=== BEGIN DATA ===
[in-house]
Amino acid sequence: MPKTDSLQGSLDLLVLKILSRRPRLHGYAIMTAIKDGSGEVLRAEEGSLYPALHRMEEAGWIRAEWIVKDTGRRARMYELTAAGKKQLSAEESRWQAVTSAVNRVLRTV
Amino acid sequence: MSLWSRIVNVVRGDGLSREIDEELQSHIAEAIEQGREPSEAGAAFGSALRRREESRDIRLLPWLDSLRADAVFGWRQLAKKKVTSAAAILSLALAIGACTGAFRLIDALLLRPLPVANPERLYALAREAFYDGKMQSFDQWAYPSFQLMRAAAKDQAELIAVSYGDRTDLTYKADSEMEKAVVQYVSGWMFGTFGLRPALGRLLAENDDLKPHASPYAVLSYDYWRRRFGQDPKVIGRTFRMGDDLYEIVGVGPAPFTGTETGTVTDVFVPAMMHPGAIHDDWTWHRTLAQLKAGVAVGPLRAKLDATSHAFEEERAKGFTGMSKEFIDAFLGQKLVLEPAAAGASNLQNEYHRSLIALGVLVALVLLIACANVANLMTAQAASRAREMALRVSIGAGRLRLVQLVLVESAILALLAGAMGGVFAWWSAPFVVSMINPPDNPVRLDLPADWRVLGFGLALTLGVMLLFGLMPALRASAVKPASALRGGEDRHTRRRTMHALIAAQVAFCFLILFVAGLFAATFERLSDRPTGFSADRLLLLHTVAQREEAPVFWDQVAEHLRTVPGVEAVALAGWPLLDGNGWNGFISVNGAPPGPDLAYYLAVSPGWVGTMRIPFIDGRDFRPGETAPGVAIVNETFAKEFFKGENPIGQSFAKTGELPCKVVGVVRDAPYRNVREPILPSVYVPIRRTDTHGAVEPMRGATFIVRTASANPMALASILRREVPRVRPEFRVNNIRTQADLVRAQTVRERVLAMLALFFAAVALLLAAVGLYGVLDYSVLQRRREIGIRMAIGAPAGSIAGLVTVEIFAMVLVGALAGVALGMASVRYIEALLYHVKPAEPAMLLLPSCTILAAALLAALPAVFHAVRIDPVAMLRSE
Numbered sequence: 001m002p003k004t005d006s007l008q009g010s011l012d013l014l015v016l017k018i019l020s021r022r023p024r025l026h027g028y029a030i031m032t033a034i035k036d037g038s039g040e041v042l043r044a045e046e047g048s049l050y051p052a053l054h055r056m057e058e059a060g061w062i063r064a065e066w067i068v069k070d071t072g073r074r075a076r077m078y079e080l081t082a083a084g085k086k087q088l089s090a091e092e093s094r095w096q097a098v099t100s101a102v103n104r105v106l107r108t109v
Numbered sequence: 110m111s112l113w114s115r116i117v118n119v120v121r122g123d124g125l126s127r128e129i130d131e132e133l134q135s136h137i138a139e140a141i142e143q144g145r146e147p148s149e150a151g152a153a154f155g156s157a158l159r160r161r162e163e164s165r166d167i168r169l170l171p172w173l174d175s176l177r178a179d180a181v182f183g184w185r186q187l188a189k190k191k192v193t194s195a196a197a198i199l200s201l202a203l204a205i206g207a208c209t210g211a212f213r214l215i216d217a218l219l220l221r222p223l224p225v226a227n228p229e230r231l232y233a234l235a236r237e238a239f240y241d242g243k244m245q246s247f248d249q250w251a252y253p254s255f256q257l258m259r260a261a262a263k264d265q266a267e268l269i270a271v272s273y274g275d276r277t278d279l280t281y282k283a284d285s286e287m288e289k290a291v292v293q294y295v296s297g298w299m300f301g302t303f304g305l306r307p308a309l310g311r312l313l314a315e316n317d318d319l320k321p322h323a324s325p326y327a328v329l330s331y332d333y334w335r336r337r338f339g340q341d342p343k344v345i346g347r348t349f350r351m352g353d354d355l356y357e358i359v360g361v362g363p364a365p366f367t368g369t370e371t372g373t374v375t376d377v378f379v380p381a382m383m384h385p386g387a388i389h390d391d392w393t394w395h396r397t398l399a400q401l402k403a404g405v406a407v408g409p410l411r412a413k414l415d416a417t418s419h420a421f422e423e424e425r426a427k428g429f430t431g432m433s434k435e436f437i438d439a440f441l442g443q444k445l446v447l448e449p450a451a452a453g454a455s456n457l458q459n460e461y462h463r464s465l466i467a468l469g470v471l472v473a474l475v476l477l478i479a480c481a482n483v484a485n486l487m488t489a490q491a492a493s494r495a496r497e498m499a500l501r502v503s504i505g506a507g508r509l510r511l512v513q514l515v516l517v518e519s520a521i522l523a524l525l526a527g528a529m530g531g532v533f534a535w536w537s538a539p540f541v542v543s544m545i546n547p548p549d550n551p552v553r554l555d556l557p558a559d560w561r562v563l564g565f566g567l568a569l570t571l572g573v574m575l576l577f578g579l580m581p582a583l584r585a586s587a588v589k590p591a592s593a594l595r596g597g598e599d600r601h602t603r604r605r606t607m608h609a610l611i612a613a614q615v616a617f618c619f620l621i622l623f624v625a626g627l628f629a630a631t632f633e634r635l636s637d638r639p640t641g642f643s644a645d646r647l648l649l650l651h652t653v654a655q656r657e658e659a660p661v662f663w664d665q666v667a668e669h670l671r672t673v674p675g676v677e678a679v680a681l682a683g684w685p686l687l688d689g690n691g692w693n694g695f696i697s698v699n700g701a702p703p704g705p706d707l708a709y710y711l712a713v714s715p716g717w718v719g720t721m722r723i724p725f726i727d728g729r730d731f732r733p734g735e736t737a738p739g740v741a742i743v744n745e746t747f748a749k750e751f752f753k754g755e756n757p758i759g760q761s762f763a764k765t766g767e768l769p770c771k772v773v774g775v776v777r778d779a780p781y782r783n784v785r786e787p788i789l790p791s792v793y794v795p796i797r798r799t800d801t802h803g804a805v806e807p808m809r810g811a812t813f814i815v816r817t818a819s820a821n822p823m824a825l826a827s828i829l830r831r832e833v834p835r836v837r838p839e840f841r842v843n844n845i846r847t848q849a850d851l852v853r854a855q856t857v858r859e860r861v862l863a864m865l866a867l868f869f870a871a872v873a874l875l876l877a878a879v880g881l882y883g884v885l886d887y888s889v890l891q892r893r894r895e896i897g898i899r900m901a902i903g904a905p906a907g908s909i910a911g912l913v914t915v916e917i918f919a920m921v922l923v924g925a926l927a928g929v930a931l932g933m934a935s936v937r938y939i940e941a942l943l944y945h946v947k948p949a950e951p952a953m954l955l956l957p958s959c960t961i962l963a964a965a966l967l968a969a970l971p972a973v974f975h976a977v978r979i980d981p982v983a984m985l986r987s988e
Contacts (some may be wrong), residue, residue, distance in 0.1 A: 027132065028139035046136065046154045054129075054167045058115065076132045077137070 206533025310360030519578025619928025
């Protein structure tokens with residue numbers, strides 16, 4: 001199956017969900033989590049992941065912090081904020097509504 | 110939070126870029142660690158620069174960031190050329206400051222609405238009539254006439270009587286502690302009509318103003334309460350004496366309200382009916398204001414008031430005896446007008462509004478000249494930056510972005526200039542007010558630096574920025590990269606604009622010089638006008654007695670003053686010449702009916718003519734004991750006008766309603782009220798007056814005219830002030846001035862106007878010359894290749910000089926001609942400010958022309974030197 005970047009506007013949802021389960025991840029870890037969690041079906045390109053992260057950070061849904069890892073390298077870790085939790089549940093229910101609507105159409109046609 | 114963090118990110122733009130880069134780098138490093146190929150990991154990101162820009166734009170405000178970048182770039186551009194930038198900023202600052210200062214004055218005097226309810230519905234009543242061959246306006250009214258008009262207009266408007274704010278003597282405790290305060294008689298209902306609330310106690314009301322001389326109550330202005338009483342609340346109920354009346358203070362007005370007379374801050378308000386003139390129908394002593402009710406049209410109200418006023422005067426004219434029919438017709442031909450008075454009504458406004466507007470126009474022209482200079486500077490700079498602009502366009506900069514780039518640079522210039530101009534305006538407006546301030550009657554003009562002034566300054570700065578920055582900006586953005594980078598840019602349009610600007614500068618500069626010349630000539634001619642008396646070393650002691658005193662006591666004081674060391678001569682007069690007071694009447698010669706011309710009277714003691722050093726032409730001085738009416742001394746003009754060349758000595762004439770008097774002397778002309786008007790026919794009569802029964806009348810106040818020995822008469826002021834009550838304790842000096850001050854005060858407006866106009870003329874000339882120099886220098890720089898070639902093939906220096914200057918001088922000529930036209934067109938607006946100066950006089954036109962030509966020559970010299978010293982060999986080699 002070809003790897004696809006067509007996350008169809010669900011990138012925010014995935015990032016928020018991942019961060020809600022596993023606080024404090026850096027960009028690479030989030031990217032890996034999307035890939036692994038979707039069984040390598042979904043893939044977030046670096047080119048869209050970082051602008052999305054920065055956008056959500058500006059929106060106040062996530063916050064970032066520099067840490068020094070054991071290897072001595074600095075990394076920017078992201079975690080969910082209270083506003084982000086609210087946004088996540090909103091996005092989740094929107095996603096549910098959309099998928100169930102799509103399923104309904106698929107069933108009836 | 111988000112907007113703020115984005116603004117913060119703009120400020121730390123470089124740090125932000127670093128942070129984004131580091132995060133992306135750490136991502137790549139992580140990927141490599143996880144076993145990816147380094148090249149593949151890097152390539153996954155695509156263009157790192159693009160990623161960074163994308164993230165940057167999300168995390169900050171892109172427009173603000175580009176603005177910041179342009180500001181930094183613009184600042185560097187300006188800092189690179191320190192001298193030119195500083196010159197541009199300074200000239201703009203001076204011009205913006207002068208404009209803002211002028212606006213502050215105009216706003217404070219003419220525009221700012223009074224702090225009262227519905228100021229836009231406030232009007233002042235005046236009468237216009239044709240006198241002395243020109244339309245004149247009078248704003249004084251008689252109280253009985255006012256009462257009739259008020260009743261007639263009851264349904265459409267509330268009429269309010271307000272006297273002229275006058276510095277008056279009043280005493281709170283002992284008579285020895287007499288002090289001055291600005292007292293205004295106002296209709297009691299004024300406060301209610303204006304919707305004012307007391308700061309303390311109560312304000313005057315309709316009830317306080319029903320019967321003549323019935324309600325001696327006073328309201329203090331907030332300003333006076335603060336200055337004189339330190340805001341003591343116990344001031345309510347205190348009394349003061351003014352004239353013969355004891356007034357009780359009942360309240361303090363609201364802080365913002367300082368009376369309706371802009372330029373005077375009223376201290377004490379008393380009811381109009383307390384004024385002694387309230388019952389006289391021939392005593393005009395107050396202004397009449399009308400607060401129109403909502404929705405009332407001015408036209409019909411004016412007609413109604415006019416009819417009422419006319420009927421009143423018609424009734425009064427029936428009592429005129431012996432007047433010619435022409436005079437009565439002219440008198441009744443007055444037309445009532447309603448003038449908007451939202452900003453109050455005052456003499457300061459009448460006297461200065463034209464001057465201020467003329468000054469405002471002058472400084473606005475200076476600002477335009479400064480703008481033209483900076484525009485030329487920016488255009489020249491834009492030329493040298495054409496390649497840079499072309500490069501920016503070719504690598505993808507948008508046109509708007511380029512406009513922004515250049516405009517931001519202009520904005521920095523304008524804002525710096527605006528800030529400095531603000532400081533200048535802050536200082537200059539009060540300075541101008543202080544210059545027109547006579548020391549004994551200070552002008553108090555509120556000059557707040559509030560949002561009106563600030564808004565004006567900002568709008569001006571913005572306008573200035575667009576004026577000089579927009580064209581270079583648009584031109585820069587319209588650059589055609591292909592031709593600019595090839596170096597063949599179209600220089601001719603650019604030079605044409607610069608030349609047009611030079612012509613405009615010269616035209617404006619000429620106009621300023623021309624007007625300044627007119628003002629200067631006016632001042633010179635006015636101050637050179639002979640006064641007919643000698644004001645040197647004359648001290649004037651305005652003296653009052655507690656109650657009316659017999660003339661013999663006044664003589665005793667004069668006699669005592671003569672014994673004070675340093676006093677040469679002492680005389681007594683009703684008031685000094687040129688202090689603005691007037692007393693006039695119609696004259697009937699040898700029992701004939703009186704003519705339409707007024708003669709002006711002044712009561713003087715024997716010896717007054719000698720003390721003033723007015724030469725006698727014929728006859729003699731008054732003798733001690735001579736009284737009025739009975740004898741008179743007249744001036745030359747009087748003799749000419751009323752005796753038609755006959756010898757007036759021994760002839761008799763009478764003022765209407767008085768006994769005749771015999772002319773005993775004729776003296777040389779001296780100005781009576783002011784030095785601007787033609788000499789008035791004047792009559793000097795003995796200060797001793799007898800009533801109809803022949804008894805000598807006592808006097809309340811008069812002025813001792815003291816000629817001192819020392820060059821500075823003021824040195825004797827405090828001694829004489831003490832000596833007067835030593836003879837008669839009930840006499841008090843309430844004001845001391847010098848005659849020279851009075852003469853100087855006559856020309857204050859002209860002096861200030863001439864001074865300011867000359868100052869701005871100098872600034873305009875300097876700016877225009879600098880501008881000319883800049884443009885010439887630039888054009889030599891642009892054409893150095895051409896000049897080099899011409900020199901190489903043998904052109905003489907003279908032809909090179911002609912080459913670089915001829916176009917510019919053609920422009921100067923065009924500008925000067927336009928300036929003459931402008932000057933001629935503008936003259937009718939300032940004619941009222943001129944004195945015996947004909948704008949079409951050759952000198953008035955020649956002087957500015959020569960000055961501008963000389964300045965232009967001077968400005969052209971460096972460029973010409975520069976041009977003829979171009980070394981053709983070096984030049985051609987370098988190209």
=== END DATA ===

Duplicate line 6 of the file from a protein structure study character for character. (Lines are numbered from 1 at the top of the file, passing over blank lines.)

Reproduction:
Contacts (some may be wrong), residue, residue, distance in 0.1 A: 027132065028139035046136065046154045054129075054167045058115065076132045077137070 206533025310360030519578025619928025